James Small, one of rugby’s great characters and performers, has died at the age of 50, just a fortnight after the 24th anniversary of the winger’s greatest hour, his taming of All Black giant Jonah Lomu in the 1995 Rugby World Cup final at Ellis Park.
Small, just 50 years old, died of a heart attack at his Cape Town home on Wednesday morning.
He played 47 Tests for the Springboks between 1992 and 1997 and was an integral member of that 1995 World Cup-winning team. Many would say that the bravery he showed in that epic final embodied the indomitable spirit the South Africans showed that day.
The stocky right wing from Johannesburg scored 20 tries in his career, but it is for his courageous defence in marking the Lomu juggernaut out of the game that will forever live on.
Lomu had scored seven tries in the lead-up to the World Cup final, including four the week before in the semi-final against England, and was expected to spearhead a New Zealand victory. But Small had other ideas.... Lomu, and his All Black teammates went try-less in losing 15-12 to the Boks.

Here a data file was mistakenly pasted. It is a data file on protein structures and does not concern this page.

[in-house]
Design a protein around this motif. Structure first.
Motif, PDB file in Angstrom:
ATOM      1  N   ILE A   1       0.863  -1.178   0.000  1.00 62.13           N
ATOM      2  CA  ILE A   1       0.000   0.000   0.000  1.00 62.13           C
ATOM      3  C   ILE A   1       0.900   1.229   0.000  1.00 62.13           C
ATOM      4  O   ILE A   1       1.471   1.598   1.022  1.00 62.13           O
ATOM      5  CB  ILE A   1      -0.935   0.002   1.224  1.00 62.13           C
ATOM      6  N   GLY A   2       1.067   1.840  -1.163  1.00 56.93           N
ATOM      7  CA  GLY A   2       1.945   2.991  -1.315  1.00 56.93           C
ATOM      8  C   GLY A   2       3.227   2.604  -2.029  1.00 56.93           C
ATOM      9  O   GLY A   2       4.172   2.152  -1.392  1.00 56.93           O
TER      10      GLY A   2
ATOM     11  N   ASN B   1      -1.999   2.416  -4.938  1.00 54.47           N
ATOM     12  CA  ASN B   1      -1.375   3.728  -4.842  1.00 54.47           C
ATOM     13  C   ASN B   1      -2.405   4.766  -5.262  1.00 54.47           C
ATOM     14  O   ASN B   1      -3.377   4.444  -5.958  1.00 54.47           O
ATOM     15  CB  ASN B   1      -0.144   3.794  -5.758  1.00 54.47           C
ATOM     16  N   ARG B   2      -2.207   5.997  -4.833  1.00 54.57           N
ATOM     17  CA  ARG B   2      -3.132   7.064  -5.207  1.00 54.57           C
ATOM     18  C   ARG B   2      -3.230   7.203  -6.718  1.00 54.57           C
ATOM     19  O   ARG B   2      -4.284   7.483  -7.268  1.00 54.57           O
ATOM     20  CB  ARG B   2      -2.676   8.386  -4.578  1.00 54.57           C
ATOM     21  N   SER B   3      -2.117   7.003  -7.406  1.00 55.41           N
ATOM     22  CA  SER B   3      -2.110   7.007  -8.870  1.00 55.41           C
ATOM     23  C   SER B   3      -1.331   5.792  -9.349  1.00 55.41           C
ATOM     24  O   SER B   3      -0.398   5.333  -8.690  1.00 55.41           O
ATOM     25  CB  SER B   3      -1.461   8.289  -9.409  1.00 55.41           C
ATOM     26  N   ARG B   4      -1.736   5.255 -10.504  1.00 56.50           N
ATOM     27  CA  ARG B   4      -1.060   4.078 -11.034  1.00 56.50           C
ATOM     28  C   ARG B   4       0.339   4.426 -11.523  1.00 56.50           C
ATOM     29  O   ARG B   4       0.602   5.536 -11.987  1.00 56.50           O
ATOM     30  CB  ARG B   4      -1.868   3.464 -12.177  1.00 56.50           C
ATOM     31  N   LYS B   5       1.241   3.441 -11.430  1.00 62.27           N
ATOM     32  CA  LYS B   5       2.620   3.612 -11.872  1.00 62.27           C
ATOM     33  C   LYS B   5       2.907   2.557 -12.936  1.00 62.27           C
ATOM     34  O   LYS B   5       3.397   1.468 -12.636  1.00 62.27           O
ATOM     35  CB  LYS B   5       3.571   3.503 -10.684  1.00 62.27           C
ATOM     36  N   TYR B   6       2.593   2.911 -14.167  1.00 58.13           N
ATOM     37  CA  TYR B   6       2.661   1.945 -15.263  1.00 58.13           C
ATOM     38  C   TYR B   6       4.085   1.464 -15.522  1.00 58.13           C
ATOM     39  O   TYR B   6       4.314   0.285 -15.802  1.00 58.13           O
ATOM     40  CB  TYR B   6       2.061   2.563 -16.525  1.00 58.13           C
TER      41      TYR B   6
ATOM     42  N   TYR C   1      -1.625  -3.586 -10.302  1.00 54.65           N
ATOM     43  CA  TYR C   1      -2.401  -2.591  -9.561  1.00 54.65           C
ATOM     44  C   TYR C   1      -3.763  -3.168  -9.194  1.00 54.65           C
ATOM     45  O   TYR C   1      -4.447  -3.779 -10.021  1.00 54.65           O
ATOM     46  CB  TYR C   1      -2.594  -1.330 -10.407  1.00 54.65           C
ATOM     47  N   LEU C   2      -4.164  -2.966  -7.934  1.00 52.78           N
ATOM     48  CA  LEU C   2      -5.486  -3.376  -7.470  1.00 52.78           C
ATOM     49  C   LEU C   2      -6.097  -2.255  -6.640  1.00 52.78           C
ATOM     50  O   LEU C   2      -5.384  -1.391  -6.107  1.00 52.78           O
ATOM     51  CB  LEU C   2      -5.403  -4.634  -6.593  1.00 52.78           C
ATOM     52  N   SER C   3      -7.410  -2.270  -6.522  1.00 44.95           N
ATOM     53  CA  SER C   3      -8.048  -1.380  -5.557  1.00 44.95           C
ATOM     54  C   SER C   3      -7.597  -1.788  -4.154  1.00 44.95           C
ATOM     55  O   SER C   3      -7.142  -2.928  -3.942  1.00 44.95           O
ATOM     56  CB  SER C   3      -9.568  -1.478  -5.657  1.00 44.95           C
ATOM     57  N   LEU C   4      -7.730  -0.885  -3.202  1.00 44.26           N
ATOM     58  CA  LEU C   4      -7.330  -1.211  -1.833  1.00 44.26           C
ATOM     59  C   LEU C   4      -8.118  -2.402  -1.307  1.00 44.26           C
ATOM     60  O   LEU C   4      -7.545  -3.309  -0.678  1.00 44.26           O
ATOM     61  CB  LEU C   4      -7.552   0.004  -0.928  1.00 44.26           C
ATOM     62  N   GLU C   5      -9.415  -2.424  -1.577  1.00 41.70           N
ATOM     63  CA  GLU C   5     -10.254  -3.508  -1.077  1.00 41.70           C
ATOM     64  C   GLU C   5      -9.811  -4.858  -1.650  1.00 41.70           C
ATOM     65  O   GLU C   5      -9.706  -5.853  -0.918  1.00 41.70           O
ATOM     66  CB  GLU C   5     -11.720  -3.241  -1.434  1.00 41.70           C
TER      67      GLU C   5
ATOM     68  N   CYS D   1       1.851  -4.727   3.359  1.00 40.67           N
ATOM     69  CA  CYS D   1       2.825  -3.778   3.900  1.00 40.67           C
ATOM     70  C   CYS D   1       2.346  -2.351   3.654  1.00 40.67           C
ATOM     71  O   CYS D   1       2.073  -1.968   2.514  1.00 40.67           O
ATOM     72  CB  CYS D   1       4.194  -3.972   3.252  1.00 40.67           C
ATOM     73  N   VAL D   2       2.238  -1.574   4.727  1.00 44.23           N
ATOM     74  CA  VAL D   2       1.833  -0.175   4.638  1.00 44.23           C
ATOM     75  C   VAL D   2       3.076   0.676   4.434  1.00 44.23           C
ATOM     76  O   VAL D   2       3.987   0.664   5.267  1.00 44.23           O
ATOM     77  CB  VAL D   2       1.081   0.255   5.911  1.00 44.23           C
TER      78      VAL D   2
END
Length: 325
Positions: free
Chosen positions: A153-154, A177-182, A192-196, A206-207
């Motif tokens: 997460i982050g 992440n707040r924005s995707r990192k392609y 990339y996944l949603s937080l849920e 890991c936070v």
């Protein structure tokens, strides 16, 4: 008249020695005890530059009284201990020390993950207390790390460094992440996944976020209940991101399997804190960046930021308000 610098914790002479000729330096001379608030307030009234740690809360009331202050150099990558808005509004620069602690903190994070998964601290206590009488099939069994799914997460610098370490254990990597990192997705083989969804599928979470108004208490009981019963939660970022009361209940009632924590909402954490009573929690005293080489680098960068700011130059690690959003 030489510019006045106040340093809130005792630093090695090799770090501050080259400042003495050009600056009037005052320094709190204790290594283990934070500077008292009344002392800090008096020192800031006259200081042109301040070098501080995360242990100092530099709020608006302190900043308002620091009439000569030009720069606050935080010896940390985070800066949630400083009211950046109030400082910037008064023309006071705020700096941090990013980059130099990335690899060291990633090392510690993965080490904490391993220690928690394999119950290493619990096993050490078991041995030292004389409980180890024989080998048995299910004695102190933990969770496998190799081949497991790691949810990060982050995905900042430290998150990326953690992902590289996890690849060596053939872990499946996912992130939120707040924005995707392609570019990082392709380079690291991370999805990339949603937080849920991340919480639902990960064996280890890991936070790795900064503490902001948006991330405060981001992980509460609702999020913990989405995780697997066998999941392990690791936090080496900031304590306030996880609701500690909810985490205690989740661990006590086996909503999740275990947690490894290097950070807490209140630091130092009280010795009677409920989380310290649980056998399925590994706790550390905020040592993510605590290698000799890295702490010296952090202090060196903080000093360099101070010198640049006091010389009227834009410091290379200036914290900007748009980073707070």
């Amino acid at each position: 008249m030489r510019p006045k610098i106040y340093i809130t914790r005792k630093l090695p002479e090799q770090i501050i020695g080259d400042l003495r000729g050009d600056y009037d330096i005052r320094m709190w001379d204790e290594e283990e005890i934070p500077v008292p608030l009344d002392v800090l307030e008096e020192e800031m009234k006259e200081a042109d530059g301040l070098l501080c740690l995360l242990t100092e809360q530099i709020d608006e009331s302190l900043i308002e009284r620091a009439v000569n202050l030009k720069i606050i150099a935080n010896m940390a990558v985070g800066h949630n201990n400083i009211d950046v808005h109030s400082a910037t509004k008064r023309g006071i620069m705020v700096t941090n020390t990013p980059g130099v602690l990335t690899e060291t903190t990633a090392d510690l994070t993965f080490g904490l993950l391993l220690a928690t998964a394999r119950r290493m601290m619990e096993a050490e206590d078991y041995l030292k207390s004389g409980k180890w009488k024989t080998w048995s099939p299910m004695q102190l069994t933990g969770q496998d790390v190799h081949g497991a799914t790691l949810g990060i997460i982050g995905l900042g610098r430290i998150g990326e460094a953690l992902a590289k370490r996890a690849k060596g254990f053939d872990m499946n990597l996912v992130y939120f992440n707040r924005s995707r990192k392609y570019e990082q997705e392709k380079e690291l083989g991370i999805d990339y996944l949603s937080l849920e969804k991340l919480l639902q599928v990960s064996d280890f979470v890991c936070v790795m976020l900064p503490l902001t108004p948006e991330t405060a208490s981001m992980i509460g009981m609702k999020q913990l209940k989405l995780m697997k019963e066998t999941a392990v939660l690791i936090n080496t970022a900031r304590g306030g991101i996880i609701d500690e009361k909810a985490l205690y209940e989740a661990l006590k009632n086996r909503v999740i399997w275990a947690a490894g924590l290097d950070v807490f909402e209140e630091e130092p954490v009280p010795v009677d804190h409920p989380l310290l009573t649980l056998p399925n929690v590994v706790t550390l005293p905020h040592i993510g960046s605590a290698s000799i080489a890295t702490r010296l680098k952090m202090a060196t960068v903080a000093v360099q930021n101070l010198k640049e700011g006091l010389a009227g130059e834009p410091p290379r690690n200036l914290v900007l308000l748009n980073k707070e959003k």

Small concluded his international career two years later at Murrayfield in Edinburgh where he scored two tries against the Scots in his farewell appearance.
Small, who had started his career with his native Transvaal before playing the lion’s share of his rugby for Natal, concluded his career with two years at Western Province, retiring in 1999.
SA Player of the Year nominee: 1993
Member of the World Cup-winning Springbok squad: 1995
Currie Cup winner with the Sharks: 1995 & 1996
Top try-scorer in the Super 12: 1996
Currie Cup winner with Western Province: 1997@MikeGreenaway67